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  Indian J Med Microbiol
 

Figure 4: Knitted pressure sensors tested with different pressures. Pressure was changed by either changing the area of the applied force ([INSIDE:9]) or the applied force ([INSIDE:10]). (a) Data collected using the 2.6 mm thick knitted spacer pressure sensor. The sensor was sensitive to changes pressure up to 7.8 kPa. At higher pressure, the sensor did not work. Changes in pressure by changing the applied force ([INSIDE:11]) or by changing the area over which force was applied ([INSIDE:12]), gave similar, but not identical results. (b) Data collected using the 2.8-mm thick knitted spacer pressure sensor. The sensor was constantly sensitive to changes pressure up to 20 kPa. Above this point, the sensor still functioned correctly up to 41.6 kPa when force was applied over a 7.1 × 10-4 m2 area, however gave inconsistent results when a 9.8 N of force was applied over areas of 3.1 × 10-4 m2 and 1.8 × 10-4 m2 (corresponding to 31.2 and 55.5 kPa, respectively). Changes in pressure by changing the applied force ([INSIDE:13]) or changes in the area over which force was applied ([INSIDE:14]) were in agreement with one another within the experimental error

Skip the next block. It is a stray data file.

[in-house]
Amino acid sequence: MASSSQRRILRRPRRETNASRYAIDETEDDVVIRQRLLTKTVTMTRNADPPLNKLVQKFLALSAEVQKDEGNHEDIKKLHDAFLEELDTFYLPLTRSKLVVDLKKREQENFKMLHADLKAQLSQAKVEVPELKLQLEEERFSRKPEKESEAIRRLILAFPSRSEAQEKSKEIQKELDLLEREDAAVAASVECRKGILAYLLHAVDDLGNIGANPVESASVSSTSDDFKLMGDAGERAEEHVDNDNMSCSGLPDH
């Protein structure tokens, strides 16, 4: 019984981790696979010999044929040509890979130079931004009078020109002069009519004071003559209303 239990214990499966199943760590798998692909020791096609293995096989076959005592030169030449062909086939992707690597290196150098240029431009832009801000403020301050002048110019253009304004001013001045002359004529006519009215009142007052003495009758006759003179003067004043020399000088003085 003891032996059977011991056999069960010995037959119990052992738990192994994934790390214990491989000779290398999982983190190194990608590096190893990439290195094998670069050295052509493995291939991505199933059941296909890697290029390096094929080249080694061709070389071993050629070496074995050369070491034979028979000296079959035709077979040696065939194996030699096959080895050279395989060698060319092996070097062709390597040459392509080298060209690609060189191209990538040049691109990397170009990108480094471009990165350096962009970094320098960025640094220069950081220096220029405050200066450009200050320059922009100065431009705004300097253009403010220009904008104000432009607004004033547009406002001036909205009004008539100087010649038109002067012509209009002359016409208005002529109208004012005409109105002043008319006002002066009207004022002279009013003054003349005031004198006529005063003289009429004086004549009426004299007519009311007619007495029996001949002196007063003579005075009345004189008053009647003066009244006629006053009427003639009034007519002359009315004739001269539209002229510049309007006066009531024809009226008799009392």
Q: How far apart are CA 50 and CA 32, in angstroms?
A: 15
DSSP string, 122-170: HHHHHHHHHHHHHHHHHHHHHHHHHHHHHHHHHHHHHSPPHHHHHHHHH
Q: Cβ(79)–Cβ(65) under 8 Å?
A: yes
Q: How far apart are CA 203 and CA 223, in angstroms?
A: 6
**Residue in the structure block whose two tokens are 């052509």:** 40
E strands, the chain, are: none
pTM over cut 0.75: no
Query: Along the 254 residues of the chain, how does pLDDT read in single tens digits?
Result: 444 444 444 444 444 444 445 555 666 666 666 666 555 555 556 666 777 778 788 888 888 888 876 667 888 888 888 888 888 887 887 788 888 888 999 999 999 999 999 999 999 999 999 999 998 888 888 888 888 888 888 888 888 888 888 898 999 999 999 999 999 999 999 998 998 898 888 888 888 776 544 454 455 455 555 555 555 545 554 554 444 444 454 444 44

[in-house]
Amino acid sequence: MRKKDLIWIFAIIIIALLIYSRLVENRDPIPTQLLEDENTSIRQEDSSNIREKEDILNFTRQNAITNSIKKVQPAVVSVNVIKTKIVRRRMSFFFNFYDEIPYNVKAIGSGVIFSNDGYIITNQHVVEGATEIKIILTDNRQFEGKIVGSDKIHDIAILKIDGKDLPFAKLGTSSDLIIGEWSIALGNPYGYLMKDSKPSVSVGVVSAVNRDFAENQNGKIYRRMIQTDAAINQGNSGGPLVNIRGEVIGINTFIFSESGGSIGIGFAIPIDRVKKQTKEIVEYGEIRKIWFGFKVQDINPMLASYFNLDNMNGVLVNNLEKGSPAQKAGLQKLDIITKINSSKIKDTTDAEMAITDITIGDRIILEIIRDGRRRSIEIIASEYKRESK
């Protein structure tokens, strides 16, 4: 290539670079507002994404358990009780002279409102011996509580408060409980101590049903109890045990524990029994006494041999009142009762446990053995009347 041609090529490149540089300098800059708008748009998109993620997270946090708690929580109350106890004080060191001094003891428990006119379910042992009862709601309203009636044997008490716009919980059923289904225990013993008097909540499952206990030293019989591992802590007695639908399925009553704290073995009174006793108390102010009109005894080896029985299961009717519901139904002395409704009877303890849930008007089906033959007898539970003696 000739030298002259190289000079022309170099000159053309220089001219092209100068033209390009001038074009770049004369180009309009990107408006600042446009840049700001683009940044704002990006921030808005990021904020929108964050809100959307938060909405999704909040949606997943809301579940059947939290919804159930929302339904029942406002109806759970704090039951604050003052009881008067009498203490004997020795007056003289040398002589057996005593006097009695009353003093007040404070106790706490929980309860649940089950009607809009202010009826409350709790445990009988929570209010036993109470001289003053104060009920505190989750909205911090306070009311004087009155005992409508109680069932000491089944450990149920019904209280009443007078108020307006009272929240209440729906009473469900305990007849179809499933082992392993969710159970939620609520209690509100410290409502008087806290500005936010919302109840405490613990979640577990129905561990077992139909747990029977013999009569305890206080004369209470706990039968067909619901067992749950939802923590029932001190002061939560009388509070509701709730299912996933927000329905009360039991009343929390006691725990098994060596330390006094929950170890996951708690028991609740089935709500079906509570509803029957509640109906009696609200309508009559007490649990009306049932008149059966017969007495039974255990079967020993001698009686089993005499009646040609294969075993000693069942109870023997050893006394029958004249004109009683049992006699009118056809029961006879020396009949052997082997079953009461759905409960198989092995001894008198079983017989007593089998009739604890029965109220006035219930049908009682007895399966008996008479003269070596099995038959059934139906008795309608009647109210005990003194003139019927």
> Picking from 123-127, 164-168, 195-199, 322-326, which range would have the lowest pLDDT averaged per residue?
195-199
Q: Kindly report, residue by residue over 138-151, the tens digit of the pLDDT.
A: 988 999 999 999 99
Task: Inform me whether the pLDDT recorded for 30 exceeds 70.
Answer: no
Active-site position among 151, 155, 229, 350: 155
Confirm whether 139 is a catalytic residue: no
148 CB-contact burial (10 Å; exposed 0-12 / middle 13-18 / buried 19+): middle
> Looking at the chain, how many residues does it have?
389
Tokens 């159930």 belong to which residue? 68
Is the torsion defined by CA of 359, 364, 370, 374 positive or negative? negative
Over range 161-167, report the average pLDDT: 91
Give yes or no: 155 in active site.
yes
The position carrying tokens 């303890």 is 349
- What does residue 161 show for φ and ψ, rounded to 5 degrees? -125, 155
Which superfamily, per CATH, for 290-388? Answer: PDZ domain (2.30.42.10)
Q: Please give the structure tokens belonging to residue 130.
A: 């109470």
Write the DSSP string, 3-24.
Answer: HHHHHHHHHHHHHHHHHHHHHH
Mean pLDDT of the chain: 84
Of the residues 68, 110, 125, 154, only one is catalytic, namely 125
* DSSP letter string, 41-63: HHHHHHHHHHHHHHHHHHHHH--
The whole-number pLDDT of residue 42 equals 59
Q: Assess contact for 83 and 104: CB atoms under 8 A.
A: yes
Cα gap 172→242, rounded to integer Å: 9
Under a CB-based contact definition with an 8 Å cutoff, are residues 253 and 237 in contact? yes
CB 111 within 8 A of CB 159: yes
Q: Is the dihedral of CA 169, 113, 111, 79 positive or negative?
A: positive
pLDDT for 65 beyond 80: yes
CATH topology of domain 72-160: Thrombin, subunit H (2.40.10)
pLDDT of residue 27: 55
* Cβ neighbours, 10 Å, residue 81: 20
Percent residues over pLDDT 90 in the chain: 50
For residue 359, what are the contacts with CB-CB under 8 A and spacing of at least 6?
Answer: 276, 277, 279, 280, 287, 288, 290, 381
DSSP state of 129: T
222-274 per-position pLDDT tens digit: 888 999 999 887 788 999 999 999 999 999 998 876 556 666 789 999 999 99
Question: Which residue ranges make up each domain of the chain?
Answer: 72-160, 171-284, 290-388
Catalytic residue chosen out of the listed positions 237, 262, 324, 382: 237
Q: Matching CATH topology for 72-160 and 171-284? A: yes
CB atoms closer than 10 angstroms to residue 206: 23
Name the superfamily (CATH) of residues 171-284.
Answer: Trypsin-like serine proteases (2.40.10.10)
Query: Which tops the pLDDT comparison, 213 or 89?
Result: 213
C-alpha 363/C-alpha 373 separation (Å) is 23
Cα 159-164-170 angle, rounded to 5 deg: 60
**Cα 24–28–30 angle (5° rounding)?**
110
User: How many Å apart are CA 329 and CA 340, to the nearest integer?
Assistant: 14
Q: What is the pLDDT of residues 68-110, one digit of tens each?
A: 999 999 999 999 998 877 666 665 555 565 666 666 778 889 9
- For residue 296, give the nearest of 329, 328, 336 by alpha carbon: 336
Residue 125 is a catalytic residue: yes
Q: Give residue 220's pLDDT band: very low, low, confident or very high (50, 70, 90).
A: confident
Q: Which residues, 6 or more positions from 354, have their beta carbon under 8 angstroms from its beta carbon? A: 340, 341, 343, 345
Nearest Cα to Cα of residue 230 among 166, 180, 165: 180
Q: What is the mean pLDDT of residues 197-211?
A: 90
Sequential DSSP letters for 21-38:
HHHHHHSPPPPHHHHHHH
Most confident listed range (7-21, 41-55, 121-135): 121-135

Figure 4: Knitted pressure sensors tested with different pressures. Pressure was changed by either changing the area of the applied force ([INSIDE:9]) or the applied force ([INSIDE:10]). (a) Data collected using the 2.6 mm thick knitted spacer pressure sensor. The sensor was sensitive to changes pressure up to 7.8 kPa. At higher pressure, the sensor did not work. Changes in pressure by changing the applied force ([INSIDE:11]) or by changing the area over which force was applied ([INSIDE:12]), gave similar, but not identical results. (b) Data collected using the 2.8-mm thick knitted spacer pressure sensor. The sensor was constantly sensitive to changes pressure up to 20 kPa. Above this point, the sensor still functioned correctly up to 41.6 kPa when force was applied over a 7.1 × 10<sup>-4</sup> m<sup>2</sup> area, however gave inconsistent results when a 9.8 N of force was applied over areas of 3.1 × 10<sup>-4</sup> m<sup>2</sup> and 1.8 × 10<sup>-4</sup> m<sup>2</sup> (corresponding to 31.2 and 55.5 kPa, respectively). Changes in pressure by changing the applied force ([INSIDE:13]) or changes in the area over which force was applied ([INSIDE:14]) were in agreement with one another within the experimental error